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Danny and the Bears in Germany

Okay, so this might be a horrible thing to say given that I’m an editor, but I don’t think I’ve read a book that changed my life. Gasp! I know. When I’m editing, I always cross my fingers and hope that it will change someone’s life—and maybe, one day, I’ll read one that does just that.

But when I think back to my childhood, especially the time between the ages of five and eight when I lived in Germany, I remember how important books were for me. Before I turned five years old, my father enlisted in the Army. We lived in a pretty bad area in Brooklyn, and my parents were dreading my first day of school. And rightfully so, because I really think I would’ve been eaten alive at my neighborhood public school…especially since I was already doing a very bad job of defending myself on the playground. Since they didn’t have the money to move or to send me to private school, my dad joined up and we were off to Germany. Germany of all places! Probably an extreme measure to some, but thinking back on it, I appreciate the gesture.

I don’t remember too much about Germany. Four things stand out to me:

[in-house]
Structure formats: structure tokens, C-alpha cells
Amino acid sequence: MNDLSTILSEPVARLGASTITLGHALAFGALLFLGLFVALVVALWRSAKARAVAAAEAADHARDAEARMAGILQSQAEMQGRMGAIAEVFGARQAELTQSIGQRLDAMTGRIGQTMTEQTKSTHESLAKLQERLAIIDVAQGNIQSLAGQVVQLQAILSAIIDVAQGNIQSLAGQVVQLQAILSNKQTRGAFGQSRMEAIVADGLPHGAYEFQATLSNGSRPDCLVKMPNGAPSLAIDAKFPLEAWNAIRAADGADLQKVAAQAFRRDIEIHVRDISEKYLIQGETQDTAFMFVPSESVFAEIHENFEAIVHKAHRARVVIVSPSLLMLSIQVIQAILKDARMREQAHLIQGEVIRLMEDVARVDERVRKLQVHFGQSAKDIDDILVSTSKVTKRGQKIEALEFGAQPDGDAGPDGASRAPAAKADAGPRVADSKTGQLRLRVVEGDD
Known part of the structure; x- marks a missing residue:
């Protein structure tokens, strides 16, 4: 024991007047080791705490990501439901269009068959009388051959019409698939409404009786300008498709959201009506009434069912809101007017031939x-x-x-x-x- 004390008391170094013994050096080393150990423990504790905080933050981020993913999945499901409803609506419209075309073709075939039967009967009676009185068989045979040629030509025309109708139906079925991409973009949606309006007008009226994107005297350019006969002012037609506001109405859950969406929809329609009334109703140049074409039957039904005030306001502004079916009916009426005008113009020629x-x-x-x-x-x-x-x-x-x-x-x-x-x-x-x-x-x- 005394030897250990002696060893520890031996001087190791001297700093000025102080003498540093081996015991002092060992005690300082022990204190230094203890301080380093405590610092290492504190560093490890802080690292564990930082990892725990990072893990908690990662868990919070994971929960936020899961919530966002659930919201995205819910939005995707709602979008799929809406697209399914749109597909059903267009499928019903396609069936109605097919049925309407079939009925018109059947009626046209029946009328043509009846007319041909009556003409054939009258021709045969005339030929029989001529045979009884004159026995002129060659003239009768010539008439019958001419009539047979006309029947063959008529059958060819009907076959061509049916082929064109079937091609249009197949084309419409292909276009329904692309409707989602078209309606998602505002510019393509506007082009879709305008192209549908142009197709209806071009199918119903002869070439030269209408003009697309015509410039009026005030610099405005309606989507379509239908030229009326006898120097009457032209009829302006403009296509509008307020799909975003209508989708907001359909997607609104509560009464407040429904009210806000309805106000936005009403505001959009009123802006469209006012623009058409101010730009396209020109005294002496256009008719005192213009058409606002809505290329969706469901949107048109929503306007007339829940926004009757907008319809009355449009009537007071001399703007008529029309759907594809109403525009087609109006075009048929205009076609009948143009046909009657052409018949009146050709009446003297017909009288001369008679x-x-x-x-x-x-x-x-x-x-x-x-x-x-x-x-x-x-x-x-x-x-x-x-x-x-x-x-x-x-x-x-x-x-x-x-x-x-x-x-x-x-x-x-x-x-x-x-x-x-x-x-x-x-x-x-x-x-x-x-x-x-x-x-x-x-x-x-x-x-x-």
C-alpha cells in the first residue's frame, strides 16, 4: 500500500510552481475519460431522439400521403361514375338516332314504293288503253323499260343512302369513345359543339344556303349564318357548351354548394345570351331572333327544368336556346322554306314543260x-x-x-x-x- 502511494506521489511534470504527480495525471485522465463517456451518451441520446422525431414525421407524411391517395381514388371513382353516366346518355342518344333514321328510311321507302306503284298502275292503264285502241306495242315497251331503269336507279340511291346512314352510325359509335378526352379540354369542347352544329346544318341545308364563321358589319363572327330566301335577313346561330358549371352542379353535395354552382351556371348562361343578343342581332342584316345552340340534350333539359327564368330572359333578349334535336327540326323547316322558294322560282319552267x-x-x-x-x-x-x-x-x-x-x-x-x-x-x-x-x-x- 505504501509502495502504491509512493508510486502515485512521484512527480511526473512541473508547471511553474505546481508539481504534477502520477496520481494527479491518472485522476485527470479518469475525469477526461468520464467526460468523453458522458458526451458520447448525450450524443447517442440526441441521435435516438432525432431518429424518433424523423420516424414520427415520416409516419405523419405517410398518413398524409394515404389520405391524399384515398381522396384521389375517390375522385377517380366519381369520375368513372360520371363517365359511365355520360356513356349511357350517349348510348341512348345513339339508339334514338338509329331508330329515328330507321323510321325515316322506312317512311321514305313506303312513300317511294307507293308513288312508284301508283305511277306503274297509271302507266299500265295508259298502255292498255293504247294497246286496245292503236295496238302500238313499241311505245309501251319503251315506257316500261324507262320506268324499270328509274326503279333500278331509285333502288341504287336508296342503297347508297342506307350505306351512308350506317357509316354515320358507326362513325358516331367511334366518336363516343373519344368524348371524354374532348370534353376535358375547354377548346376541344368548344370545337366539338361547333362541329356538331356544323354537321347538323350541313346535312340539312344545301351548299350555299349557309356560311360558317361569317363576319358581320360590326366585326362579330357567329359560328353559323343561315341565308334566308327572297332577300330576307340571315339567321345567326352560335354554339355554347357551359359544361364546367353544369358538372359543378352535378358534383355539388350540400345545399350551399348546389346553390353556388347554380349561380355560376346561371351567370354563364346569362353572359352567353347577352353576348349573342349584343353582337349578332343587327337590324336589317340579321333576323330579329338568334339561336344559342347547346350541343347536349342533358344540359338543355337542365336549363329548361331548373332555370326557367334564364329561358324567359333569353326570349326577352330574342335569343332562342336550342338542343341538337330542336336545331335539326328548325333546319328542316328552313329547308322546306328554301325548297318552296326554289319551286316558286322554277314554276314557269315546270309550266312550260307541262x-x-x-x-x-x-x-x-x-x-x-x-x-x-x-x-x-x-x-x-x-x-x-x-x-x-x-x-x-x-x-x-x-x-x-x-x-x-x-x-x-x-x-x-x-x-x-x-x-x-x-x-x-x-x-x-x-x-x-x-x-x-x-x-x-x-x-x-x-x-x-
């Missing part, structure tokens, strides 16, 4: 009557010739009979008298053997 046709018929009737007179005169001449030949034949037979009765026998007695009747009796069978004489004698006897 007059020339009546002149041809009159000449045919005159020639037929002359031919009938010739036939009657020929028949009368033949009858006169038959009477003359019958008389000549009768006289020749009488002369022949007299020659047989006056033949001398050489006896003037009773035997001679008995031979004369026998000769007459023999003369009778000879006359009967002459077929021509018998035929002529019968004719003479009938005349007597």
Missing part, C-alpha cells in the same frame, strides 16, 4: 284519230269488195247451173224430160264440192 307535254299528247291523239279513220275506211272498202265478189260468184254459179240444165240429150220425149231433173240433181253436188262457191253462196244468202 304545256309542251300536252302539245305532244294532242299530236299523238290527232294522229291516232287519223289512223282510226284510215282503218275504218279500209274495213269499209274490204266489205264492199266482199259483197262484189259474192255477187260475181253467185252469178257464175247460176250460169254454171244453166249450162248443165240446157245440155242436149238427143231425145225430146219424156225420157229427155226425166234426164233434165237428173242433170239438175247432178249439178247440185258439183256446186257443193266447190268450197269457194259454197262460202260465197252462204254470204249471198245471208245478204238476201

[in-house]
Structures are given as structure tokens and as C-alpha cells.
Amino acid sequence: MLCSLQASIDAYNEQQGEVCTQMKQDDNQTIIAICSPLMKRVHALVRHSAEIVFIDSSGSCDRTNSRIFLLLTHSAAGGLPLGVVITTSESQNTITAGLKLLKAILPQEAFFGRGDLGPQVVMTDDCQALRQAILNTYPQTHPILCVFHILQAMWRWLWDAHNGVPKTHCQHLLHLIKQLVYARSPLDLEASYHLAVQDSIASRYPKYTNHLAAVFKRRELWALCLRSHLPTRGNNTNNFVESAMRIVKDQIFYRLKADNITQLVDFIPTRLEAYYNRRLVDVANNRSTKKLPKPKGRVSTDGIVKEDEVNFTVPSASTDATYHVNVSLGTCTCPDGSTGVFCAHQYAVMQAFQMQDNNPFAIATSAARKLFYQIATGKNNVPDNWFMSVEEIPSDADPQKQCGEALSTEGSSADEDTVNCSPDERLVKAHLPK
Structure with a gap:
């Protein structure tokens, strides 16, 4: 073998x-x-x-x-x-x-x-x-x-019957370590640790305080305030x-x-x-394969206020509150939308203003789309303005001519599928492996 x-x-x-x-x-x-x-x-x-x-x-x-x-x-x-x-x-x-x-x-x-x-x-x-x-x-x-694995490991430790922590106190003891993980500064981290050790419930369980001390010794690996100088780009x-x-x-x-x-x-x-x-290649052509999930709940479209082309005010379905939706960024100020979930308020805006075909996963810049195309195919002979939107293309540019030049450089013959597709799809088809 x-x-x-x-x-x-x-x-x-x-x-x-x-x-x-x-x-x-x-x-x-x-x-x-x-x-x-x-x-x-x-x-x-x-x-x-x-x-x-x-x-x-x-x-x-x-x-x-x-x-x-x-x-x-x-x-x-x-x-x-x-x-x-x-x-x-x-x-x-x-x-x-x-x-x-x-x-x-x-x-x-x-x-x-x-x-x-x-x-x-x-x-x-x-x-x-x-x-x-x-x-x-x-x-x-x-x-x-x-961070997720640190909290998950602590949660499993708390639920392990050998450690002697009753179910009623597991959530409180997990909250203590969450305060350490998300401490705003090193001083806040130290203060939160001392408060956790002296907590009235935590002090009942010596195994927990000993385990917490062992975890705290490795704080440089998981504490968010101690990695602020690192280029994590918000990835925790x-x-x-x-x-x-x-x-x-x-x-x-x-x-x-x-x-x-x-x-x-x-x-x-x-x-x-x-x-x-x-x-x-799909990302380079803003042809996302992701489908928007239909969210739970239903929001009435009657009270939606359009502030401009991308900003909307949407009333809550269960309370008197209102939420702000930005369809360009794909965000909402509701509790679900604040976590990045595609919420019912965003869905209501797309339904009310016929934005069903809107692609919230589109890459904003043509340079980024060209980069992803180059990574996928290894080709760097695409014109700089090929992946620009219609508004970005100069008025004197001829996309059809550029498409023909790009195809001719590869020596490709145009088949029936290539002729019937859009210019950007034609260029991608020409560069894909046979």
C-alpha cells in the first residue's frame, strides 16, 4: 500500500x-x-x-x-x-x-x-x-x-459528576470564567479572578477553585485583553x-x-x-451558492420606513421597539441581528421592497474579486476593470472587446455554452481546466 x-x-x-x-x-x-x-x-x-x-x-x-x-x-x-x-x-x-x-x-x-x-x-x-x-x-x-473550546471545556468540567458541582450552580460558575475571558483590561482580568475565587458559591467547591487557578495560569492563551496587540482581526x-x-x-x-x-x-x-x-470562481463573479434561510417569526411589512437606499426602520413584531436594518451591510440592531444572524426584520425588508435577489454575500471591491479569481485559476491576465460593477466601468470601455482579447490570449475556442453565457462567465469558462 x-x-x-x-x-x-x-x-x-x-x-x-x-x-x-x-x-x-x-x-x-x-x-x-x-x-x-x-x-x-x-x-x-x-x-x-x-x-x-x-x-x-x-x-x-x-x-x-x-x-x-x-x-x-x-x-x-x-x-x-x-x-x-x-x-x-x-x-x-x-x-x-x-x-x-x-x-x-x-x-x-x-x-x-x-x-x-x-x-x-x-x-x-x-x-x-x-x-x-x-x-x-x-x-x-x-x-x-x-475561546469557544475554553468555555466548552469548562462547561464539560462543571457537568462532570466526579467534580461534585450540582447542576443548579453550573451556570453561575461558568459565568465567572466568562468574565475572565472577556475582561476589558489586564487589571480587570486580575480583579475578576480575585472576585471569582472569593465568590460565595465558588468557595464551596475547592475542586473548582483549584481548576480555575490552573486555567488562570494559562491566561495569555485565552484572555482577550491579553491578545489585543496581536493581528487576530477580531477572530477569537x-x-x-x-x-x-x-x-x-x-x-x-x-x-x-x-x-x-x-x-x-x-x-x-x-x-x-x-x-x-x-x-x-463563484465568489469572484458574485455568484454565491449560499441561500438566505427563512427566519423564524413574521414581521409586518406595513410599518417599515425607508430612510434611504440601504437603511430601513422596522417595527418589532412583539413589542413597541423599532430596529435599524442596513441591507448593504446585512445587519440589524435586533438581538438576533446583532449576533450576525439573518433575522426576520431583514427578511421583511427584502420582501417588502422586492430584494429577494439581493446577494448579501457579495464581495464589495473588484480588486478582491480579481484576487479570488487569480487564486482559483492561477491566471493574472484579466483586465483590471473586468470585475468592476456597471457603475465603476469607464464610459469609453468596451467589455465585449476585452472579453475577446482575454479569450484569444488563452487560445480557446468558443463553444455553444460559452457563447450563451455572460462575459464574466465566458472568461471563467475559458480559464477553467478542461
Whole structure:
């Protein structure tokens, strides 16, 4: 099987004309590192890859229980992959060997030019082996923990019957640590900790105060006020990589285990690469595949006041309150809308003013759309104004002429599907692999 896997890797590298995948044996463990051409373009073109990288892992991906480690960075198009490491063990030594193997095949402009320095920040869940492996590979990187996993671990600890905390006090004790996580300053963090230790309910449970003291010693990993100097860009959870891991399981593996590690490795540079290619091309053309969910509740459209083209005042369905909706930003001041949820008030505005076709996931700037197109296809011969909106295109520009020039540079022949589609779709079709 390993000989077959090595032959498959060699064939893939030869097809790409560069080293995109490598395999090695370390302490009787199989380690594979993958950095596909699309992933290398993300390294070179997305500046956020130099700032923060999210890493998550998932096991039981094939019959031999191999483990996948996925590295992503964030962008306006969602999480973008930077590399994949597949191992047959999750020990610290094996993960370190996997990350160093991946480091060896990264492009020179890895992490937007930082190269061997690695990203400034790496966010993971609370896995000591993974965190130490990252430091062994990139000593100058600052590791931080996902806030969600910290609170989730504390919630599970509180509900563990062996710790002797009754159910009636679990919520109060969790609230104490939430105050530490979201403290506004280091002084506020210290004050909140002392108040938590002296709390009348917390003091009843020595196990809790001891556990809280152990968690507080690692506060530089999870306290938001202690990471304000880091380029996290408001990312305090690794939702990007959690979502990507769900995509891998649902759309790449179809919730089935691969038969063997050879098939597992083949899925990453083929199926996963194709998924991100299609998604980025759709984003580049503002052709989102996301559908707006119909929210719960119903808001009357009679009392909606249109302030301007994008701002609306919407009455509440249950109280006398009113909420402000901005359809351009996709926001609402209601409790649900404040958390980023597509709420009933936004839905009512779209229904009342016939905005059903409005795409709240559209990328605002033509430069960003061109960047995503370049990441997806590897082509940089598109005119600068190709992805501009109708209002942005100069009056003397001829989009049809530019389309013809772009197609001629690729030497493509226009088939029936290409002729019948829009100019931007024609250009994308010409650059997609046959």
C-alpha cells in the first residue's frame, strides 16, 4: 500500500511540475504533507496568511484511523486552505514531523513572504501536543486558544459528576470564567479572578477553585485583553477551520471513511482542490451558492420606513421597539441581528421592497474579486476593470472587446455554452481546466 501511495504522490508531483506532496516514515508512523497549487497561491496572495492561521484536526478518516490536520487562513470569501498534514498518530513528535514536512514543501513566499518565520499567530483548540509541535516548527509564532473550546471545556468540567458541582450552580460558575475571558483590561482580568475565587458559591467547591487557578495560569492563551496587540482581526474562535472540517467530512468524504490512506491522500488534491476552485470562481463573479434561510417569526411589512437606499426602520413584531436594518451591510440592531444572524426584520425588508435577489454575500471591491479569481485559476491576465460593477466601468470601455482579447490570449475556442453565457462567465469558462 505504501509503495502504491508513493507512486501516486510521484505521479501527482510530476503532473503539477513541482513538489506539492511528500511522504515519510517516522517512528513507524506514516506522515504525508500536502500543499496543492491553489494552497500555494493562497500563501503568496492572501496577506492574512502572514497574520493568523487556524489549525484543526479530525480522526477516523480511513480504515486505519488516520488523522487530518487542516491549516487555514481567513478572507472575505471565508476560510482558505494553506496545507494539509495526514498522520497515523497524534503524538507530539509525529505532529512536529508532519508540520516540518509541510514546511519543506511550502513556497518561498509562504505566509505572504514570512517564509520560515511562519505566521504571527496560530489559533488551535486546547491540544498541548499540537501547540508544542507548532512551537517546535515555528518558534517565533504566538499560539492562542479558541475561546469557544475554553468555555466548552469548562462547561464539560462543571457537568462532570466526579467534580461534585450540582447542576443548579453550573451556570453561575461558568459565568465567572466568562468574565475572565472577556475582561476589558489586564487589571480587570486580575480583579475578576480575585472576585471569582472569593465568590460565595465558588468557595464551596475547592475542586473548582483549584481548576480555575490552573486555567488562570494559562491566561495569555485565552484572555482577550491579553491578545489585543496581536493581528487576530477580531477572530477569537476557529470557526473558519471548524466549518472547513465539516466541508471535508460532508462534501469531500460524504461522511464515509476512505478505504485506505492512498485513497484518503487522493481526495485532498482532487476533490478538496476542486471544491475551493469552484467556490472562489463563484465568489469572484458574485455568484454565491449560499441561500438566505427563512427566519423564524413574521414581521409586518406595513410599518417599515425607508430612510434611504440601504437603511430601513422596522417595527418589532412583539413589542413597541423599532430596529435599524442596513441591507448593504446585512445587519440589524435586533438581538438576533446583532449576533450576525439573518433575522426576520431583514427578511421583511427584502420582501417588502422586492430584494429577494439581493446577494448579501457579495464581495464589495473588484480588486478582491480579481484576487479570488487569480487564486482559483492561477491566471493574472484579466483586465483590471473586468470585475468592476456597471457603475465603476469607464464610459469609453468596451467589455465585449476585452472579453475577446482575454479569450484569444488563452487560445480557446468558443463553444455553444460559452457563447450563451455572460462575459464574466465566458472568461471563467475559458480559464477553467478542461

• chocolate
  • croissants
  • an adorable blond boy I had a crush on
  • books

Definitely books!

You see, we only had three English channels on TV, and my mom refused to let me out to play with the other kids. I ruined my chances of seeming tough back in New York City. But this is when I started to read the most, and anything I could get my hands on. Seriously. I grabbed my mom’s bodice-ripping historical romances from the shelf first, which were then promptly moved out of sight and out of reach.

Here’s a photo of me in front of those “off limits” book. Don’t I look like I’m plotting something?

Moving on! The first books I remember loving were the Berenstain Bears series by Stan and Jan Berenstain. I wanted to live in that tree house and sew quilts so badly. Although their lives were nothing like my own, in New York City or Germany, I learned important lessons about being kind, how to deal with bullies, and other useful tidbits I needed at the time.

Danny and the Dinosaur by Syd Hoff was on repeat at my home when another momentous occasion happened in my life: the arrival of my baby sister. I was so happy not to feel alone in Germany anymore. Little did I know that she was going to be sleeping and drooling most of the time, which made her a pretty lousy play mate. So it was back to books for me, and I read Danny and the Dinosaur to anyone who would listen.

Somehow I even convinced the doctors and nurses who were taking care of my mom and sister to take a break from all the life saving and baby delivering and let me read to them the adventures that Danny and his Dinosaur went on.

I’m not sure if these books changed my life, but they definitely kept me company at a time when my life was going through a lot of change—a new home in a foreign country, a baby sister, and the feeling of being miles away from family and friends. Because of that, they’re what I remember most whenever I reminisce about those days.

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